A WAAC Band from 1943
22 July 2010
Posted by Mike Brubaker
The WAAC (which had the "Auxiliary" removed in 1943) were initially based at Ft. Des Moines, Iowa. And I believe the parade ground where this photo was taken is the same field where Jesse Orr Romig and the 11th US Cavalry Band practiced their drills in 1904. See: 11th US Cavalry Band What a strange coincidence to find two different bands from different times on the same grass!
Ft. Des Moines History
There is no extra identification on this card, other than the official printed material. But note the government description at the lower left. The date seems clear but did they really do a print run of 15 million? Maybe it was part of a series. Here is a different series that I found at the Minnesota Historical Society. The band is at image number 4. WAAC Postcards from Ft. Des Moines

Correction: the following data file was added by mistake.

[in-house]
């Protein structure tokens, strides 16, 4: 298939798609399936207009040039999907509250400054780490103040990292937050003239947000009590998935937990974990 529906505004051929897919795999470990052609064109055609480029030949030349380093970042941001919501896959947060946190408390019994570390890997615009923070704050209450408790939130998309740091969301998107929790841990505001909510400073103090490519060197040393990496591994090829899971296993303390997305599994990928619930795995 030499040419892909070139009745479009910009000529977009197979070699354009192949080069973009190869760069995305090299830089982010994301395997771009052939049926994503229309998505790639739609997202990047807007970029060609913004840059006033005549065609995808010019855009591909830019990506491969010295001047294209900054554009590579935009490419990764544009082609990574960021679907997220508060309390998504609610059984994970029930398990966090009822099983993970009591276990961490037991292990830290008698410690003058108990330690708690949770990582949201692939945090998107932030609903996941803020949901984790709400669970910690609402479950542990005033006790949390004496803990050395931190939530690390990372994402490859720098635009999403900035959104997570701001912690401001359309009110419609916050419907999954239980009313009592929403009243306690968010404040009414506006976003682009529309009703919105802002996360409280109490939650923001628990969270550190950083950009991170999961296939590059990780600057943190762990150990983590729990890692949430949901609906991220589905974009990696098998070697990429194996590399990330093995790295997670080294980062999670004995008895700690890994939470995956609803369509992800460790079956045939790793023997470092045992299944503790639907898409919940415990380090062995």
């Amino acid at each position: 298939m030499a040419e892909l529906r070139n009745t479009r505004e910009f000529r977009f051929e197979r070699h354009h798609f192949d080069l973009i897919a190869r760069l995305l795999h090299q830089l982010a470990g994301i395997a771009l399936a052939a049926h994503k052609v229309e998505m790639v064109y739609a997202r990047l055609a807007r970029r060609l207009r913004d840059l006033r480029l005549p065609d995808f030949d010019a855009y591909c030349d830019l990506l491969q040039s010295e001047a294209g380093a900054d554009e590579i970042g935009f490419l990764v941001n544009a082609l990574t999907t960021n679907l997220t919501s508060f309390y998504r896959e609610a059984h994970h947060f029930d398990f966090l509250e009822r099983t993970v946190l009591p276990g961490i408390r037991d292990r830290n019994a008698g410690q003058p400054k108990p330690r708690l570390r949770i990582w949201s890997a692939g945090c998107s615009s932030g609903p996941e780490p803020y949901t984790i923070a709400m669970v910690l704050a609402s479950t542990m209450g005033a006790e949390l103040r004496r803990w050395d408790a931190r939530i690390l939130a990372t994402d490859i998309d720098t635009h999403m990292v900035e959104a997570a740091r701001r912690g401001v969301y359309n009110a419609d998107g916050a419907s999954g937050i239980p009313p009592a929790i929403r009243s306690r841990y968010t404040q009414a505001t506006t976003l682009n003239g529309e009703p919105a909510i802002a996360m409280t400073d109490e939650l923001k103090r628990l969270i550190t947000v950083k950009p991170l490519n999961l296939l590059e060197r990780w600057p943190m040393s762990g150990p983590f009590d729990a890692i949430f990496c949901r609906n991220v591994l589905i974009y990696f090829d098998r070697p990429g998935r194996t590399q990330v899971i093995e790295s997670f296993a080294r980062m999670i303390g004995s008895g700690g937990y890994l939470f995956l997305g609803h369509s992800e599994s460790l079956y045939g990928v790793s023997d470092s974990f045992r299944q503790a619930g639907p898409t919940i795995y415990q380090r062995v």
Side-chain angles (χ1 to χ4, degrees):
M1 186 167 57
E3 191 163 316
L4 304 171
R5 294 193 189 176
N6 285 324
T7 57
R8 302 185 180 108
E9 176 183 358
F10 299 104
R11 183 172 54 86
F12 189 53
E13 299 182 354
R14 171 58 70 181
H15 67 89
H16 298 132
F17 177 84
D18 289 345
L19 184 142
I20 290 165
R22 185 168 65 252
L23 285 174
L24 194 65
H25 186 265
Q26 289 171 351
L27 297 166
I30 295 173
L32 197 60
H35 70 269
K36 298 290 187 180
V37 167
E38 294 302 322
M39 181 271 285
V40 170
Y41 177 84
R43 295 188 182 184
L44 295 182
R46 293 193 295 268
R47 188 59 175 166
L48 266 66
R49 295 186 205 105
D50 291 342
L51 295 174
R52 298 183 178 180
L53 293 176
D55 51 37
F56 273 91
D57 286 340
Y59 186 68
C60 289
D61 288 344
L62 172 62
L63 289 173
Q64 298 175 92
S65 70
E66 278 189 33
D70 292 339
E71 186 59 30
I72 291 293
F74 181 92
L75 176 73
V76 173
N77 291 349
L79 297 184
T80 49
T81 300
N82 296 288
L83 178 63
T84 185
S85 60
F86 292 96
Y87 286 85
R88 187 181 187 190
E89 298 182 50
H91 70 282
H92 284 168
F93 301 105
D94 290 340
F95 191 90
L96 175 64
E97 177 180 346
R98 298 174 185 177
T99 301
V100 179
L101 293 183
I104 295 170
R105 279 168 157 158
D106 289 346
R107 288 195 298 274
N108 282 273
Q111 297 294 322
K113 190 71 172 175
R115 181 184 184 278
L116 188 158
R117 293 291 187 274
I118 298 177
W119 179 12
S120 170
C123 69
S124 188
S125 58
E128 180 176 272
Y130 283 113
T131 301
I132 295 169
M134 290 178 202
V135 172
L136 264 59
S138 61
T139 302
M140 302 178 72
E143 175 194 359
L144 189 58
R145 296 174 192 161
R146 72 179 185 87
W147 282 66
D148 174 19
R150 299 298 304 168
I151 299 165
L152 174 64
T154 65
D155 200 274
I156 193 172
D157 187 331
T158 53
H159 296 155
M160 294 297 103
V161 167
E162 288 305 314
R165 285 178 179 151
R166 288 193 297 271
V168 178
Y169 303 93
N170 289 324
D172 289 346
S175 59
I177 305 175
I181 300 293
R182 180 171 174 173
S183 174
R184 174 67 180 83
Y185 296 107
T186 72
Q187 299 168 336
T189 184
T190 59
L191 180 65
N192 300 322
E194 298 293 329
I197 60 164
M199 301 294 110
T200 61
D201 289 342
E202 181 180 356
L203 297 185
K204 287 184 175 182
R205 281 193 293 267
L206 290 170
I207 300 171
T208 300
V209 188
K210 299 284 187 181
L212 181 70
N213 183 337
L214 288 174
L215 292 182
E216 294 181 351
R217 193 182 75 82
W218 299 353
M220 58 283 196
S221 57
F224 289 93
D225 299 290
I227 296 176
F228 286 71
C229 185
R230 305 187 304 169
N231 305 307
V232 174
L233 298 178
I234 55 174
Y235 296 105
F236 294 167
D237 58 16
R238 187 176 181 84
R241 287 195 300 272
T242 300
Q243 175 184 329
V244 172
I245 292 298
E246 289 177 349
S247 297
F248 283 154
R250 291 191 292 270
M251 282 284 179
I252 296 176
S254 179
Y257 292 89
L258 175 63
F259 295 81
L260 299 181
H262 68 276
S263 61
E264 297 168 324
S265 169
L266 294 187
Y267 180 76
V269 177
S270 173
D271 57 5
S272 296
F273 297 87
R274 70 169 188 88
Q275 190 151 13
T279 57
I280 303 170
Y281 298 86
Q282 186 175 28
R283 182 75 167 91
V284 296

One of the first women's army band leaders was Joan A. Lamb and I found this great blog while searching the internet for WAAC & band. Ladies in Brass, Joan A. Lamb
During the war, the Pentagon commissioned 5 Army bands composed of women, and that is not counting those women's units of the Navy, Marine Reserve and Coast Guard. Find more history on all that here. Women's Military Bands
The changes to our culture that resulted from the global conflict of World War Two are countless. It's difficult today to imagine a musical world that was so unequal in regard to race and gender, though that was the way of the world only 70 years ago. But the inclusion of women into the military and especially the band program in 1943, clearly started an unexpected revolution in music performance and education that is outside the usual post-war history. You don't have to look very far on a concert stage or a parade field to see the results.